Several people haven asked if we have insurance. We do not, and there is an interesting story behind that. We had farm and ranch liability policy through Farm Bureau for years. In 2003, the same year we got our license from the state of Texas to sell raw goat milk, the Dallas Farmers Market established a new requirement to have product liability insurance. I called the Farm Bureau to ask for a quote for the product liability policy. In the ensuing conversation about the liability policy, I revealed that we had been licensed recently as a fully legal raw milk dairy. As a result, I was given a “no quote” on the liability insurance for the farmers market AND my current farm and ranch liability policy would not ben renewed in a couple of months when it was due. In other words, our fully legal raw milk dairy prevents us from getting insurance of any sort with Farm Bureau. Thank you, Farm Bureau, for supporting local farmers. I took it up the chain of command to a Vice President, but no one would listen to the facts about the safety of properly licensed raw milk. Roll the clock forward to 2014. Another market, McKinney, is now requiring $1M of liability insurance for their markets. The broker that I finally found to write a policy for the Dallas Farmers Market, buy not the farm, can get a policy for another market, but at a substantial cost. I wondered if I would be able to find someone who would be willing to write a policy that covered the farm AND multiple market selling locations. Not a very exotic idea, you wouldn’t think! I got the names of three insurance brokers who were writing liability policies for “cottage industry” producers who sell at farmers markets. They assured me that they could find a farm and ranch policy that would cover the farm and multiple selling locations (markets). Each one called back with a “no quote” for the same reason – raw milk dairy. If any one of them would have come up with a policy, I would have bought it last week, just days before the tornado hit. But that was not meant to be.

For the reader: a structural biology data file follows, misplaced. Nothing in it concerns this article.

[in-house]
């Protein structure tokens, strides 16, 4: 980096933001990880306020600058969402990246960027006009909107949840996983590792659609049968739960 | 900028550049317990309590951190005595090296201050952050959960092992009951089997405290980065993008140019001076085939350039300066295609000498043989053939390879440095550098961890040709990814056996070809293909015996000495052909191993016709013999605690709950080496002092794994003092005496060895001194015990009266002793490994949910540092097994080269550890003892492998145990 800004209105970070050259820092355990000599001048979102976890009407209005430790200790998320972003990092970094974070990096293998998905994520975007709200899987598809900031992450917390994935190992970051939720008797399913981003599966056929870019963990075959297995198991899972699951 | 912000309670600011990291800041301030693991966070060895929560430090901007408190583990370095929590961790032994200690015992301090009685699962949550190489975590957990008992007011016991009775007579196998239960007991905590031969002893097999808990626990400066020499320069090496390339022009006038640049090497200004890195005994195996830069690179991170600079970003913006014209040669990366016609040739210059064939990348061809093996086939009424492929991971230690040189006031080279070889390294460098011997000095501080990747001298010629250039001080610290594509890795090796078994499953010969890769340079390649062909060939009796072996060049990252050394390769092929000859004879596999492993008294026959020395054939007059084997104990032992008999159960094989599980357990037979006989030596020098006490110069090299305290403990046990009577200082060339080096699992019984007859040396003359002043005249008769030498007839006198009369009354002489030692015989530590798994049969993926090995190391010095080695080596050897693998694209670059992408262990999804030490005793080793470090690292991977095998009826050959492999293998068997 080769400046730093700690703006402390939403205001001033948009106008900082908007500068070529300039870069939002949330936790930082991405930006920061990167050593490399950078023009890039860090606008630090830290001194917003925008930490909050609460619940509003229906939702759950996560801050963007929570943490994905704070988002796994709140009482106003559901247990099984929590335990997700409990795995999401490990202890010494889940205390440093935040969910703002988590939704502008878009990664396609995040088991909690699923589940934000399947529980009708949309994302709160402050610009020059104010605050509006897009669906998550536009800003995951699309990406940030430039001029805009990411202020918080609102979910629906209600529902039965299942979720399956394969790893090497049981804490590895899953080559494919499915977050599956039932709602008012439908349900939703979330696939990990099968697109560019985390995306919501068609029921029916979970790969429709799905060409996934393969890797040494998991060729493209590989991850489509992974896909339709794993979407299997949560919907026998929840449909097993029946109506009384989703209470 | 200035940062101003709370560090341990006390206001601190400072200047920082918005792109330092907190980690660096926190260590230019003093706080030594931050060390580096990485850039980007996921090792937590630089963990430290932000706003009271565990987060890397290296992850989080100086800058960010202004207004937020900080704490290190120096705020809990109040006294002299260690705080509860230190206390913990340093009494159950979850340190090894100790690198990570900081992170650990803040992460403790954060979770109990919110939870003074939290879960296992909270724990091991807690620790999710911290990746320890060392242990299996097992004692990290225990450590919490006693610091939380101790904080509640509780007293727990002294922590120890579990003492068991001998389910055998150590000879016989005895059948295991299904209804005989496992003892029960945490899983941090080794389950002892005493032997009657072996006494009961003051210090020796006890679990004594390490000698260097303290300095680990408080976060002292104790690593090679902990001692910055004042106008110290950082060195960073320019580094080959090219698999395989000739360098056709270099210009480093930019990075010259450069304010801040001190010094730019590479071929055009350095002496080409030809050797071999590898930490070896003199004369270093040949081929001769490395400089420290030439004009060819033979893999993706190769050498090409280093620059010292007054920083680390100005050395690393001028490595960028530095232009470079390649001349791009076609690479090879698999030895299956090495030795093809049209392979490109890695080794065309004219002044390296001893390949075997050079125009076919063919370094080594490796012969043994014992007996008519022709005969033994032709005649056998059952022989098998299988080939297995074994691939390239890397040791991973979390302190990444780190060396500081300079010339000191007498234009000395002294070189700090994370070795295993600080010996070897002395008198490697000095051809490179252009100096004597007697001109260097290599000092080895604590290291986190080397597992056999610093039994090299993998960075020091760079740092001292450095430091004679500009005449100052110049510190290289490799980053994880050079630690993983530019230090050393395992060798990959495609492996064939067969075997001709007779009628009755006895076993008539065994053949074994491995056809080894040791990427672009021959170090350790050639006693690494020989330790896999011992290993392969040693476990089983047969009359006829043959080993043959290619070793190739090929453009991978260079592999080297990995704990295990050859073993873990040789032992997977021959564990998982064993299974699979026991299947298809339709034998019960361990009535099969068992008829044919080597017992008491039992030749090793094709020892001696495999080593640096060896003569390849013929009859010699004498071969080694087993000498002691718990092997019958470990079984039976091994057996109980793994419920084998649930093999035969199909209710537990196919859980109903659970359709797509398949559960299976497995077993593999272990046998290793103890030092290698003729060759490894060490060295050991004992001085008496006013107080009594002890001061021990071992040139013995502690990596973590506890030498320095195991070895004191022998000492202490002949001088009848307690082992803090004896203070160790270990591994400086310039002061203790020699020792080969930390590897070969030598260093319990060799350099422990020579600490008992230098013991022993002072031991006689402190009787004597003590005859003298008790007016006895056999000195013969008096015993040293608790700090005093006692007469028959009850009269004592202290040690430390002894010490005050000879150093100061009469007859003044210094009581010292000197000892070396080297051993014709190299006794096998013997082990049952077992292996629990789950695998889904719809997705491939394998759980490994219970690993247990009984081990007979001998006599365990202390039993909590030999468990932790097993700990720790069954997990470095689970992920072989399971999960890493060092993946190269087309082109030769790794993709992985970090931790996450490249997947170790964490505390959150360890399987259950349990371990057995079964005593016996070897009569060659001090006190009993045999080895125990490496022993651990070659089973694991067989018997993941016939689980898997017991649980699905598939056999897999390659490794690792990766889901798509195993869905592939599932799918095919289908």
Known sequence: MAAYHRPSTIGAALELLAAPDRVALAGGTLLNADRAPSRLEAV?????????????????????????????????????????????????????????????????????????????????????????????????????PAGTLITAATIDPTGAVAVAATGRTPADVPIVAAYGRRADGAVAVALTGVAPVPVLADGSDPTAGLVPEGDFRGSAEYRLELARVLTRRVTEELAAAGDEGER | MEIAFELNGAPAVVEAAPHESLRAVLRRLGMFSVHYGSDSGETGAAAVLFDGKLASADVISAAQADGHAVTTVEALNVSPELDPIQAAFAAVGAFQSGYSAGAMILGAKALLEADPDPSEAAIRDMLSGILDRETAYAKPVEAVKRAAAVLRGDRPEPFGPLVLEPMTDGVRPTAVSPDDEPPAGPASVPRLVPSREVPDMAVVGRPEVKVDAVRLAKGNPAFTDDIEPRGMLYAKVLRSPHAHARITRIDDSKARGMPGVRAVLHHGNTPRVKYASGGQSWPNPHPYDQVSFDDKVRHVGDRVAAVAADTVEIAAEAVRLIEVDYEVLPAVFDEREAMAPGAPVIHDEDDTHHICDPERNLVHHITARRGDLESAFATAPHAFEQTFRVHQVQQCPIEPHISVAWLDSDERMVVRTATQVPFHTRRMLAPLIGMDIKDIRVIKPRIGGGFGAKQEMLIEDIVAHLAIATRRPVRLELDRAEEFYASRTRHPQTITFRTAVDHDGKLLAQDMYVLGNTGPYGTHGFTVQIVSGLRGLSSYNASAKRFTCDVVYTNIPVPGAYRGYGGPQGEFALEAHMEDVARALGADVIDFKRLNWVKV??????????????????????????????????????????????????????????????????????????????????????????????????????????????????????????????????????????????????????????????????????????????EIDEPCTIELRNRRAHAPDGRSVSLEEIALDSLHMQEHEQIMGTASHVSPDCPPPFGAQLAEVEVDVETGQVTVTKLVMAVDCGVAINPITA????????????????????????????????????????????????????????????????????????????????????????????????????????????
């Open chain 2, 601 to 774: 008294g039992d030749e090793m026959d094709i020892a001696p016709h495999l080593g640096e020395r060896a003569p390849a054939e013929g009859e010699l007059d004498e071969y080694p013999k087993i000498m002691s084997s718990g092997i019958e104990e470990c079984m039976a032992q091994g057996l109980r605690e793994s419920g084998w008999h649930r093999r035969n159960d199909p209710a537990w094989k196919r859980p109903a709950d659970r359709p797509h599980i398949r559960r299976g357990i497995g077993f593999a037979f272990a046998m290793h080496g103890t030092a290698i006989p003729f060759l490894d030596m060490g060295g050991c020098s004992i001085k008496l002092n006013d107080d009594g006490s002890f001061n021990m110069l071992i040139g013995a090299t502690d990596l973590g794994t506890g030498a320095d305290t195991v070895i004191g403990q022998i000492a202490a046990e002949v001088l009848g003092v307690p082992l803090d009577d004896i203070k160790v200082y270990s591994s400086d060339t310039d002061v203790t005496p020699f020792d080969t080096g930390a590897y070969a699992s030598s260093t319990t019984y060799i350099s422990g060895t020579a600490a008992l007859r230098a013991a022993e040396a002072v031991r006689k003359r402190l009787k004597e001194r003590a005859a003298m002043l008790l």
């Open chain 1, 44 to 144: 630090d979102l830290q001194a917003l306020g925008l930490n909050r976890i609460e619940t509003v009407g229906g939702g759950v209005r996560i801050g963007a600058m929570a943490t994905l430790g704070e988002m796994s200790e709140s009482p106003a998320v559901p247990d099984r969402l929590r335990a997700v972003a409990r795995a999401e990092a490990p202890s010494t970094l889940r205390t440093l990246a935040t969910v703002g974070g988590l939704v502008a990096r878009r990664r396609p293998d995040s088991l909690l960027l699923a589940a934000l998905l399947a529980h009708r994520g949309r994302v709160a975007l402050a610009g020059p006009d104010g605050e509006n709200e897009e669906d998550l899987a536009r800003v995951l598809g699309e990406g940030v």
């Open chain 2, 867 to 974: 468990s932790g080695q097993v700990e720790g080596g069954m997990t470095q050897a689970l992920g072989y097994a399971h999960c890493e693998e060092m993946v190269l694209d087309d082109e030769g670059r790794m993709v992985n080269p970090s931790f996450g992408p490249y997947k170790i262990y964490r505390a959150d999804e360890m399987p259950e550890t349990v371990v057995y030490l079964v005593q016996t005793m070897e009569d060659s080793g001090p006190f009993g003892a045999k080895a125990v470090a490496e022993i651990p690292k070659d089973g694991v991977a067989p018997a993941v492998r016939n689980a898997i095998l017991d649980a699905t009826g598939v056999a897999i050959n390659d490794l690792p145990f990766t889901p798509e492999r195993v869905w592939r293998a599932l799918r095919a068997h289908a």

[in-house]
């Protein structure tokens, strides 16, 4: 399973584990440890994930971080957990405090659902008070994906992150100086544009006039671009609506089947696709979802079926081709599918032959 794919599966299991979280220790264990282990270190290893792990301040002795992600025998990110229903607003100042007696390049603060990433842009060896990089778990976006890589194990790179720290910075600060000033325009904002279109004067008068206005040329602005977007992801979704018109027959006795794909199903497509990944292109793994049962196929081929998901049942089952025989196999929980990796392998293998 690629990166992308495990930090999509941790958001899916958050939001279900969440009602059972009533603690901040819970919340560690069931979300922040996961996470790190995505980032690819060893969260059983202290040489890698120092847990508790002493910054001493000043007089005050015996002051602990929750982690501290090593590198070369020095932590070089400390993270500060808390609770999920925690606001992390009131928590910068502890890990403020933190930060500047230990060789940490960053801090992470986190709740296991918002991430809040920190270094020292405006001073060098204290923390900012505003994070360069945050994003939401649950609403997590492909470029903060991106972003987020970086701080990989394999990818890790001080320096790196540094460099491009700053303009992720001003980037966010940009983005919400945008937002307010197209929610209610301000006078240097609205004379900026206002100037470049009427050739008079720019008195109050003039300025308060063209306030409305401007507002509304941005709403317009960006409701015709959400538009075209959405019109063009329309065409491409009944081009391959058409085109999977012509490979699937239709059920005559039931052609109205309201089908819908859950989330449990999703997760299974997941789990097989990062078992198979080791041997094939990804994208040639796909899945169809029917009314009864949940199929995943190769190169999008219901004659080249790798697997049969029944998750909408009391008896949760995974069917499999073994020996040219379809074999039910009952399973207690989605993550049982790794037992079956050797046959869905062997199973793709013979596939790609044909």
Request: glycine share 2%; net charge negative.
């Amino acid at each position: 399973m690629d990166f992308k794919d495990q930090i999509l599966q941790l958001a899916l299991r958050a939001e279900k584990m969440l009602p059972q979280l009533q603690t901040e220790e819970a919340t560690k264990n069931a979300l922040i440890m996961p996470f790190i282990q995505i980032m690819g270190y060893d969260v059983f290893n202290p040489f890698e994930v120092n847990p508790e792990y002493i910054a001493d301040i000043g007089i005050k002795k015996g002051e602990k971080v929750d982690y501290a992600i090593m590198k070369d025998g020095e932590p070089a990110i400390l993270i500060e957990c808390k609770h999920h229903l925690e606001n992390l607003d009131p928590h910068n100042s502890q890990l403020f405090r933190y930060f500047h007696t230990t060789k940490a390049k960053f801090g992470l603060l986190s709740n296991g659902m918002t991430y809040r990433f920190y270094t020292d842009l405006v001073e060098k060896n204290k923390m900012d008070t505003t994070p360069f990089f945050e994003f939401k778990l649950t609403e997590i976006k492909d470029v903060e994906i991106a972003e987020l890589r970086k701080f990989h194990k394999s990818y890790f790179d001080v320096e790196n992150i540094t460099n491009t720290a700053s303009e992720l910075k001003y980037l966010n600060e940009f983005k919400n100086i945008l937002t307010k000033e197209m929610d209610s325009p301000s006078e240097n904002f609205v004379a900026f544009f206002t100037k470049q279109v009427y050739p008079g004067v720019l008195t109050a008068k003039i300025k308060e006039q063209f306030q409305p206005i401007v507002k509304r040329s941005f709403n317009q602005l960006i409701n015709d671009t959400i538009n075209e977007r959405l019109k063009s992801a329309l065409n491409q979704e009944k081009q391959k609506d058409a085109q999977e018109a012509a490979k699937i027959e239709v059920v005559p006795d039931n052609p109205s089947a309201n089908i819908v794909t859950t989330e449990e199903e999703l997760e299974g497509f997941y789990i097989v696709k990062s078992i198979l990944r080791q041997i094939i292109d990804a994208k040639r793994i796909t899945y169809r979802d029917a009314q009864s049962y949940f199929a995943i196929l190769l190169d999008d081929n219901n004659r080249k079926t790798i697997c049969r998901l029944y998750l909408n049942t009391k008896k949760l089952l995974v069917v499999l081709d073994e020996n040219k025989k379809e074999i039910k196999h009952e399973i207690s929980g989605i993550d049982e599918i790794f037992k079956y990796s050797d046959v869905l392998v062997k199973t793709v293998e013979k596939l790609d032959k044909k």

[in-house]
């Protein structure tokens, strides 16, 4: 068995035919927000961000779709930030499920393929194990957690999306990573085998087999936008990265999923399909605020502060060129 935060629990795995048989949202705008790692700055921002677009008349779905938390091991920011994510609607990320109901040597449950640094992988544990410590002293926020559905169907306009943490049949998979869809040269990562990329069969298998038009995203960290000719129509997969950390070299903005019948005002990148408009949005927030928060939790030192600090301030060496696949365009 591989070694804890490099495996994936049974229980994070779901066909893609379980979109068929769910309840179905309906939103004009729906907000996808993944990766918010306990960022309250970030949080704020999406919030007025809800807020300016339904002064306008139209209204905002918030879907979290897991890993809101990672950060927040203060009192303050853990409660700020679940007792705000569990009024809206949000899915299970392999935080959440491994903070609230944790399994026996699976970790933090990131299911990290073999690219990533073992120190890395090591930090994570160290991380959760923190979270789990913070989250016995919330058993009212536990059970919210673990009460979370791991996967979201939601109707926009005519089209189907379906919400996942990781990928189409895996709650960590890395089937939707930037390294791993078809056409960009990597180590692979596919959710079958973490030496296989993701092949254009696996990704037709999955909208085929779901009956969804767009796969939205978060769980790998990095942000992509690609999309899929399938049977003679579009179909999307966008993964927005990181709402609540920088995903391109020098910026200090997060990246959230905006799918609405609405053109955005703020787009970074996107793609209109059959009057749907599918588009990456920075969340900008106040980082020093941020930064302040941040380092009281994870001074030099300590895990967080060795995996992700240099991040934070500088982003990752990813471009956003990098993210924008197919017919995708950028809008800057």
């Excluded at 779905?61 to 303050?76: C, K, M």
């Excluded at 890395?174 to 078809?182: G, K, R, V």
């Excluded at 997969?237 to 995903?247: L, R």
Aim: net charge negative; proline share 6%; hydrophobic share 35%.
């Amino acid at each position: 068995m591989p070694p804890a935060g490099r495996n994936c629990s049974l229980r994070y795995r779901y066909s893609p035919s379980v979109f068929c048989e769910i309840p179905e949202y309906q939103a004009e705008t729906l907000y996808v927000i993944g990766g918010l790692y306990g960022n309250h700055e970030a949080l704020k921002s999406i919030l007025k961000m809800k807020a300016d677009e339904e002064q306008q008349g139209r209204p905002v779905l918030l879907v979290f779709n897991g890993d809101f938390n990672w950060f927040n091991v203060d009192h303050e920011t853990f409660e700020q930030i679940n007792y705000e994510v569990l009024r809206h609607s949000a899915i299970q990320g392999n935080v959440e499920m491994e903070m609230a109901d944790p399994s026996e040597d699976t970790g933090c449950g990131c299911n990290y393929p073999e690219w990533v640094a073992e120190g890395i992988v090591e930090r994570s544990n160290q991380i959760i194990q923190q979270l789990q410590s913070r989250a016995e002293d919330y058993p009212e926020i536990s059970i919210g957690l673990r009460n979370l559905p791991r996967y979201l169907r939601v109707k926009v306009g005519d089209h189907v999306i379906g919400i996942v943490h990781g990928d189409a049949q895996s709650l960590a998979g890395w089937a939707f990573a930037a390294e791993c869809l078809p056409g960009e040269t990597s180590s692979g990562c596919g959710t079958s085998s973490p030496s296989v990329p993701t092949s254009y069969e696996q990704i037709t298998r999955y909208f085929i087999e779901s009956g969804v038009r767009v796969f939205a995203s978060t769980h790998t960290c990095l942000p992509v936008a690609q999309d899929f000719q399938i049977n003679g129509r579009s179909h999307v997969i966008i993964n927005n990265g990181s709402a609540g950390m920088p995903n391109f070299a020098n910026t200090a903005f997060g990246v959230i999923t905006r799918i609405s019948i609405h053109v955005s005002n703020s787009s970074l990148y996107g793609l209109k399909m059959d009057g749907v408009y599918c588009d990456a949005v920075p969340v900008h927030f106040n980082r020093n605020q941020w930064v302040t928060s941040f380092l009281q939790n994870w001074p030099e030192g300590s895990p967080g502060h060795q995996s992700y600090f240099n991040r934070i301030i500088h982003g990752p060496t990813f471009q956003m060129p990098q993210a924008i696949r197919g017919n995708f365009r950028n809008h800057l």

I believe God had something else in mind that would bring more glory to Him. That is exactly what is happening now. People are pulling together and giving of their time, talents, and resources VERY generously. We are humbled and amazed, but not really surprised. The God we serve is a big God. What we see as devastation to Him is opportunity to show His goodness and for His people to show their sacrificial love so that everyone will be pointed towards the Son, Jesus Christ as the Messiah, the redeemer of the world.
No insurance — and their farm is mostly destroyed. No insurance, because they sell raw milk, legally. Everybody’s pitching in to help rebuild. If you have not given alms this Lent, there’s a Texas farm family who could use some love. I give all thanks to you readers who have donated to the Hutchins family relief fund these past few days. If you know any agrarians, Christians, raw milk folks, or anybody in the food community who has something to give to rebuild this farm, please pass this on.